Pete

You mean putting an option stop with a retract, and indexing the part? Common practice not necessarily with a rotary table, but with other fixtures or index blocks. No reason why it can't be done, but then your part production stops until you can change things.
 

Pete from TN

Cast Iron
Joined
Apr 27, 2008
Location
Maryville,Tennessee
Interesting.... Am I understanding that thing correctly, when you push down on that plunger it kinda auto indexes to a set degree? That is pretty cool if it is, I was just thinking a manual simple rotary table setup with a tombstone and tailstock like the auto boys are using to allow the similar setups. If that is indeed a plunder that needs to be pushed down to index I would imagine you could possibly use at blank or solid toolholder to push it down so it was kinda automated.....Or am I completely off here and that is not at all how it works.... Interesting tho and the Yuasa super accra dex I used to have was a very nice piece. Wish I had not sold it. If I can ever get this new VMC to be reliable and start making some money with it that is a possibility for small parts for sure. Even if I had to index it manually it would still be worth while to allow you to move quickly between setups without having to take anything down or needing multiple vise setups. Peace

Pete
 

Pete from TN

Cast Iron
Joined
Apr 27, 2008
Location
Maryville,Tennessee
LOL nevermind....

Just saw that there are some videos there. Pretty damn cool. Another stupid question. does the distance it is plunged determine the angle it turns or is that something you preset? How much does one of those monsters cost anywyas, probably almost as much as a real cnc indexer....peace

Pete
 

dstryr

Diamond
Joined
Jan 22, 2010
Location
Nampa Idaho
Have you noticed any difference vs using a center in the end and just an end support? I was told that using a center in the end is bad....
 

dstryr

Diamond
Joined
Jan 22, 2010
Location
Nampa Idaho
Y as in why is that bad?
Never noticed a problem and we hit things pretty hard.

Rotary fixtures for 4 and 5 axis rotary tables

However, providing such support is not as simple a procedure as it may appear. If pressure is applied, say by a standard live center, to the fixture, any sloppiness in the rotary table construction will result in the fixture loosing its’ free-standing parallelism. On the machine that makes these fixtures, minimal contact pressure results in a taper of .001 per three inches of x-axis travel. A robust contact pressure causes a taper of .004 per three inches of x-axis travel.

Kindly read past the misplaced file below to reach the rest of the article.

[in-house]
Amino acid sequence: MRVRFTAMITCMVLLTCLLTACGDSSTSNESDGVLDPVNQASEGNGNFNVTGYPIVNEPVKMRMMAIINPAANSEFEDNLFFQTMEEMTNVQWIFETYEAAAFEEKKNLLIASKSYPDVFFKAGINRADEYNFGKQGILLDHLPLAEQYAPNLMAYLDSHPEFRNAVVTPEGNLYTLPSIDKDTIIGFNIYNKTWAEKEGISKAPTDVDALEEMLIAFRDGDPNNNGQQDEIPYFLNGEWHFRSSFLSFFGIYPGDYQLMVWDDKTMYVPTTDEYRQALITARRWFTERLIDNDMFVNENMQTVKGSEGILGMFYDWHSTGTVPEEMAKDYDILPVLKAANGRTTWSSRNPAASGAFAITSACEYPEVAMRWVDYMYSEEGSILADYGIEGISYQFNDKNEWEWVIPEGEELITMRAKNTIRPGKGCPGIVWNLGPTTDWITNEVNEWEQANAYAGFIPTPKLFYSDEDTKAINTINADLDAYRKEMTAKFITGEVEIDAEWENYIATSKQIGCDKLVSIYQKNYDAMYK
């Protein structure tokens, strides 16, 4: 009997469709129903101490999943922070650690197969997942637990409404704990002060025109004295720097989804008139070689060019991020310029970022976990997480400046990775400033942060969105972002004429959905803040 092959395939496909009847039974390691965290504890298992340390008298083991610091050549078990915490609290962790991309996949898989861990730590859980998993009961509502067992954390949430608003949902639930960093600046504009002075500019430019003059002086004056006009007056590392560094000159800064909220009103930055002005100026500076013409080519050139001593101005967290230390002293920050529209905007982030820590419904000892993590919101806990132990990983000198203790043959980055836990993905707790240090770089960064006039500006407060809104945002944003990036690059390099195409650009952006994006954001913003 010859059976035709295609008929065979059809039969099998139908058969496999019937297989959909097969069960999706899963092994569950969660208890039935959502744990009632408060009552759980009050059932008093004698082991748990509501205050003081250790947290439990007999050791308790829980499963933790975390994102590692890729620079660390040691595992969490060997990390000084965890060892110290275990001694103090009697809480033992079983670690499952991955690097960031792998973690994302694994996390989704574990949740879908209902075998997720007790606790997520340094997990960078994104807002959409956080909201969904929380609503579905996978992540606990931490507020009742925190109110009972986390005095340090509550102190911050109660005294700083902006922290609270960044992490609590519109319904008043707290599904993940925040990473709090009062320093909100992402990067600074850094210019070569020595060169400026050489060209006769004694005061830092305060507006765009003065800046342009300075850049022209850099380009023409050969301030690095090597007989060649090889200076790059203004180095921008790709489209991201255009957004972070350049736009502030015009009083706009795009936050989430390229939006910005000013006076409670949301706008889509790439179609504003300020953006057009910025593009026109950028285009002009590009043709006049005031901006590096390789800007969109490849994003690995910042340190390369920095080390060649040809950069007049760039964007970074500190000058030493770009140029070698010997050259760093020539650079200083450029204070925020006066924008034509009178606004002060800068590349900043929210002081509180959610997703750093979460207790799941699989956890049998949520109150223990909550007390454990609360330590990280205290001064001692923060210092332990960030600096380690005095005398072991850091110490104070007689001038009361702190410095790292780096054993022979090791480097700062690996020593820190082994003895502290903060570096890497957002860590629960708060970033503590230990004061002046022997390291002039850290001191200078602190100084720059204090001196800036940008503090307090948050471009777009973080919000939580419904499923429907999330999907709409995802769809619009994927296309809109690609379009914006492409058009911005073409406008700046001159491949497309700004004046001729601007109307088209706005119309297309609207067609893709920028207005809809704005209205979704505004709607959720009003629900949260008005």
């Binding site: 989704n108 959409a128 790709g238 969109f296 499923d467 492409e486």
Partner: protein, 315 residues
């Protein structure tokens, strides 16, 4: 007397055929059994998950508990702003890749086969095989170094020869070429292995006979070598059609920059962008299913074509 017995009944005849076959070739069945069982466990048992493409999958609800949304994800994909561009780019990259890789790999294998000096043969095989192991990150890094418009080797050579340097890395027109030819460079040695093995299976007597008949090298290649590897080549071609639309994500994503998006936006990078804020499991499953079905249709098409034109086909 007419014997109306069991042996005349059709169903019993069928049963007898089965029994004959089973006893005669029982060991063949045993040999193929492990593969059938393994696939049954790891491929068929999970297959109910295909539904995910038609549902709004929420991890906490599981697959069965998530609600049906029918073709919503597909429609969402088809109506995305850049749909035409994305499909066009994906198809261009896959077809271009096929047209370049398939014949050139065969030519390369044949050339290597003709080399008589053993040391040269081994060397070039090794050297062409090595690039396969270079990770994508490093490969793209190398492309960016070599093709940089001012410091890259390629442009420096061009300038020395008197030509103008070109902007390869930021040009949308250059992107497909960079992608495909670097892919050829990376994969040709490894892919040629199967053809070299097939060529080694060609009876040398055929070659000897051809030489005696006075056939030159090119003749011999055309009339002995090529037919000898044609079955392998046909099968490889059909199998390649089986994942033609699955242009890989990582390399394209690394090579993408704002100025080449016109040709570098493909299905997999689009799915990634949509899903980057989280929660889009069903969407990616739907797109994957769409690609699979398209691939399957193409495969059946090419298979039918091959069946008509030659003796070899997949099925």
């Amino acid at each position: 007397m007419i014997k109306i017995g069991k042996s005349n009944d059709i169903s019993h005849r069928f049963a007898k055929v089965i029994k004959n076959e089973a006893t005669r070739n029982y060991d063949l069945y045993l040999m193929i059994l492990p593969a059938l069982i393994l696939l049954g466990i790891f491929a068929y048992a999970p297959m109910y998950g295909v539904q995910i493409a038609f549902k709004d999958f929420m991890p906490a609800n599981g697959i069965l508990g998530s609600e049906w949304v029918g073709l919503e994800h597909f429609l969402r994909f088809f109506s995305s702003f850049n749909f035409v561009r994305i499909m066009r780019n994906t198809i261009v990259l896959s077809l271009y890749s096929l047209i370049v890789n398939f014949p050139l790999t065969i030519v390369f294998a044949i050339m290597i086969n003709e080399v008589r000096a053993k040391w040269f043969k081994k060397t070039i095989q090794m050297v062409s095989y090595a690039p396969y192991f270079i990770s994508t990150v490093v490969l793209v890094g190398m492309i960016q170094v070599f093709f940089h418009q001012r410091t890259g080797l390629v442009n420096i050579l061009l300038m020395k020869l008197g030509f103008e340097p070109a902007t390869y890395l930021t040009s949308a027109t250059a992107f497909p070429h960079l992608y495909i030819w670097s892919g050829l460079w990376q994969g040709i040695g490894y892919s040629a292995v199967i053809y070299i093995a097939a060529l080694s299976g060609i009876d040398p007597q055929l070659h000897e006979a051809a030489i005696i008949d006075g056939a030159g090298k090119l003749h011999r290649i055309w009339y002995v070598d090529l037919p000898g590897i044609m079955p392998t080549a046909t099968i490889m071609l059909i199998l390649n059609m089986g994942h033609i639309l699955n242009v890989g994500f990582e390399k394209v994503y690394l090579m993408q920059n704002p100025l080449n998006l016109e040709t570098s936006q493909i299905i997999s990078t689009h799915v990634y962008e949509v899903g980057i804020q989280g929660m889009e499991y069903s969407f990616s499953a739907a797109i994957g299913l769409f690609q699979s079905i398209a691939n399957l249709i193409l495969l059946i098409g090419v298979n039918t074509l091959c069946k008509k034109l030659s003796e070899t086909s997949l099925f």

The ideal method of support incorporates a bushing pressed into the fixture and a support pin that is firmly secured to a tailstock, but does not exert any pressure along the long axis of the fixture. The specific purpose of this tailstock arrangement is to resist forces in the z and y-axis.

This guy knows his shit and this is his recommendation. Have you noticed any of this?
 

SteveinAZ

Stainless
Joined
Aug 20, 2007
Location
Snowy Arizona
Dennis, I meant to post this up a while back but ran into some technical difficulties with using Photobucket and forgot to come back to it. I could not post the entire tombstone as it was loaded with customer parts, but will give you pics of the business ends...what's in the middle doesn't really matter here anyway.



Here is the Tsudakoma Rotary with the 5" square tombstone and 12" diameter faceplate/tombstone base - we use two Jergens ball Locks to hold them together. The faceplate has two 3/4" dowell pins and the baseplate is notched to match - this is for easy loading of the tombstone with the crane, and the ball locks will slip right in when it's resting on the dowels. Of course this is rotated 45 degrees so you can see the goodies, but we load at "A" zero. You can see the baseplate and the tombstone column are welded together; they were doweled and four 3/8" SHCS were holding them together, but we started getting repeatability issues and found they were slipping slightly under load, so we indicated the two tomstones to the same rotational locations, tack welded them, threw them back in to make sure they had not moved, and then put a bit more weld on them to seal the deal. They don't move anymore.

IMG_1012.jpg



Here is the tailstock end with a sliding pin to engage a sealed bearing pressed into the end of the tombstone which is turned to a 4.500" OD. The sliding pin rides in a brass bushing and has a detent and spring loaded ball set screw on the top to keep it in place when it's running. The tailstock and Koma rotary are mounted on a 1.50" thick subplate (plus their own base plates were cut so the centerlines match), and they overhang the machine table a little so we still get most of the machine travel. The Koma table and tailstock are doweled into the subplate and the subplate is doweled to the machine table for easy realignment when we need to pull any of it.

IMG_1013.jpg



This is another view of the tailstock; there is a height adjustable Vee block that supports the 4.5" round section of the tailstock when loading. We bring the tombtone over the vee block and dowel pins, slowly (can that actually be done with a full load of parts???) lower the tombstone onto the 3/4" dowel pins and vee block, slip in the slider pin and the two Jergens pins, snug up the ball lock set screws and push the green button. We can swap the two tombstones in about 3 minutes after some operator practice. This load of parts runs about a 2 hour cycle, so we can usually get four loads attended and one load unattended per day pretty easily. This is WAY better than moving these parts through four double station Kurts!

IMG_1016.jpg


Hope this spurs some ideas for improvements over this set up, but of course you have to post pics!

Steve